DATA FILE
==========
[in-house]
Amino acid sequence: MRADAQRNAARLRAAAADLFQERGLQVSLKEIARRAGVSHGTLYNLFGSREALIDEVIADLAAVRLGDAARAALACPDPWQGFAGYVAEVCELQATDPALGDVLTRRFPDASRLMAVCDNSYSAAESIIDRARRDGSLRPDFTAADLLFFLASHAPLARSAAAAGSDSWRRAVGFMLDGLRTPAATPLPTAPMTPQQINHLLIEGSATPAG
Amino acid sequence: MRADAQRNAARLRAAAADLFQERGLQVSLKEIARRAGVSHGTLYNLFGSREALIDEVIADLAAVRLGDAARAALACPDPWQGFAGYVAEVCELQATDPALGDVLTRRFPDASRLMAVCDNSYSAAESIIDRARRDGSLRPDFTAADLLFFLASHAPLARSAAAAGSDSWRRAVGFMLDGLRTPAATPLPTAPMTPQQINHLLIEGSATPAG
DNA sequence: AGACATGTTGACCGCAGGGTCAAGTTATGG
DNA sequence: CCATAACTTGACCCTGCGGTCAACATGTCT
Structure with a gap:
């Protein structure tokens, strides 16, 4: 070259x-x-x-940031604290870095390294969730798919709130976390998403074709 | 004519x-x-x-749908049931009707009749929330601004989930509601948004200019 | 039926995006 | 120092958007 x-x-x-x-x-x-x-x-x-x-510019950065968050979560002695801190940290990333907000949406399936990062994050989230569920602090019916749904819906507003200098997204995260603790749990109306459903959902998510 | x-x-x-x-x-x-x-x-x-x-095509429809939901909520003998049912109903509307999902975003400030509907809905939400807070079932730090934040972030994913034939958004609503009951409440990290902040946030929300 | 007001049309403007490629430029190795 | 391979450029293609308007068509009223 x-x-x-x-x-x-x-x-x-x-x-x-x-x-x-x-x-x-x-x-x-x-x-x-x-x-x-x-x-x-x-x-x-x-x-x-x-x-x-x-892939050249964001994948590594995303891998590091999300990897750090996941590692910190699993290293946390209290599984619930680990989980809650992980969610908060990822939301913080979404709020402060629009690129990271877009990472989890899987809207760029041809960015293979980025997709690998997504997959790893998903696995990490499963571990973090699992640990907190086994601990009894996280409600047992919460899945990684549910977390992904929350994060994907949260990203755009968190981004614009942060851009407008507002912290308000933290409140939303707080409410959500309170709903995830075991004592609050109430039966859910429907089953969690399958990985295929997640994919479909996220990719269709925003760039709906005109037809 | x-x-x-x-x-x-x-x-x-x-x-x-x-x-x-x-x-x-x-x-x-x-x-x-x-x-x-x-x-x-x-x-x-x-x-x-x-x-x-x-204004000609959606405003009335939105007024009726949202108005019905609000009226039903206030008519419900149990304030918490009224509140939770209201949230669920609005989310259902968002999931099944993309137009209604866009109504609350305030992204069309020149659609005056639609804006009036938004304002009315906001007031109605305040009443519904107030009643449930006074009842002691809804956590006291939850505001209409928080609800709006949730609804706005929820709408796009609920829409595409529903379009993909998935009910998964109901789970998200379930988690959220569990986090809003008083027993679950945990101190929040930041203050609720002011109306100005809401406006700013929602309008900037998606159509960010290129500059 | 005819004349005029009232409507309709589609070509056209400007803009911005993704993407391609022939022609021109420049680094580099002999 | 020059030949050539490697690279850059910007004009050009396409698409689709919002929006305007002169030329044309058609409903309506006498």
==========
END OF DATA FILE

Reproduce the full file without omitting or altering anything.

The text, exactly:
[in-house]
Amino acid sequence: MRADAQRNAARLRAAAADLFQERGLQVSLKEIARRAGVSHGTLYNLFGSREALIDEVIADLAAVRLGDAARAALACPDPWQGFAGYVAEVCELQATDPALGDVLTRRFPDASRLMAVCDNSYSAAESIIDRARRDGSLRPDFTAADLLFFLASHAPLARSAAAAGSDSWRRAVGFMLDGLRTPAATPLPTAPMTPQQINHLLIEGSATPAG
Amino acid sequence: MRADAQRNAARLRAAAADLFQERGLQVSLKEIARRAGVSHGTLYNLFGSREALIDEVIADLAAVRLGDAARAALACPDPWQGFAGYVAEVCELQATDPALGDVLTRRFPDASRLMAVCDNSYSAAESIIDRARRDGSLRPDFTAADLLFFLASHAPLARSAAAAGSDSWRRAVGFMLDGLRTPAATPLPTAPMTPQQINHLLIEGSATPAG
DNA sequence: AGACATGTTGACCGCAGGGTCAAGTTATGG
DNA sequence: CCATAACTTGACCCTGCGGTCAACATGTCT
Structure with a gap:
């Protein structure tokens, strides 16, 4: 070259x-x-x-940031604290870095390294969730798919709130976390998403074709 | 004519x-x-x-749908049931009707009749929330601004989930509601948004200019 | 039926995006 | 120092958007 x-x-x-x-x-x-x-x-x-x-510019950065968050979560002695801190940290990333907000949406399936990062994050989230569920602090019916749904819906507003200098997204995260603790749990109306459903959902998510 | x-x-x-x-x-x-x-x-x-x-095509429809939901909520003998049912109903509307999902975003400030509907809905939400807070079932730090934040972030994913034939958004609503009951409440990290902040946030929300 | 007001049309403007490629430029190795 | 391979450029293609308007068509009223 x-x-x-x-x-x-x-x-x-x-x-x-x-x-x-x-x-x-x-x-x-x-x-x-x-x-x-x-x-x-x-x-x-x-x-x-x-x-x-x-892939050249964001994948590594995303891998590091999300990897750090996941590692910190699993290293946390209290599984619930680990989980809650992980969610908060990822939301913080979404709020402060629009690129990271877009990472989890899987809207760029041809960015293979980025997709690998997504997959790893998903696995990490499963571990973090699992640990907190086994601990009894996280409600047992919460899945990684549910977390992904929350994060994907949260990203755009968190981004614009942060851009407008507002912290308000933290409140939303707080409410959500309170709903995830075991004592609050109430039966859910429907089953969690399958990985295929997640994919479909996220990719269709925003760039709906005109037809 | x-x-x-x-x-x-x-x-x-x-x-x-x-x-x-x-x-x-x-x-x-x-x-x-x-x-x-x-x-x-x-x-x-x-x-x-x-x-x-x-204004000609959606405003009335939105007024009726949202108005019905609000009226039903206030008519419900149990304030918490009224509140939770209201949230669920609005989310259902968002999931099944993309137009209604866009109504609350305030992204069309020149659609005056639609804006009036938004304002009315906001007031109605305040009443519904107030009643449930006074009842002691809804956590006291939850505001209409928080609800709006949730609804706005929820709408796009609920829409595409529903379009993909998935009910998964109901789970998200379930988690959220569990986090809003008083027993679950945990101190929040930041203050609720002011109306100005809401406006700013929602309008900037998606159509960010290129500059 | 005819004349005029009232409507309709589609070509056209400007803009911005993704993407391609022939022609021109420049680094580099002999 | 020059030949050539490697690279850059910007004009050009396409698409689709919002929006305007002169030329044309058609409903309506006498």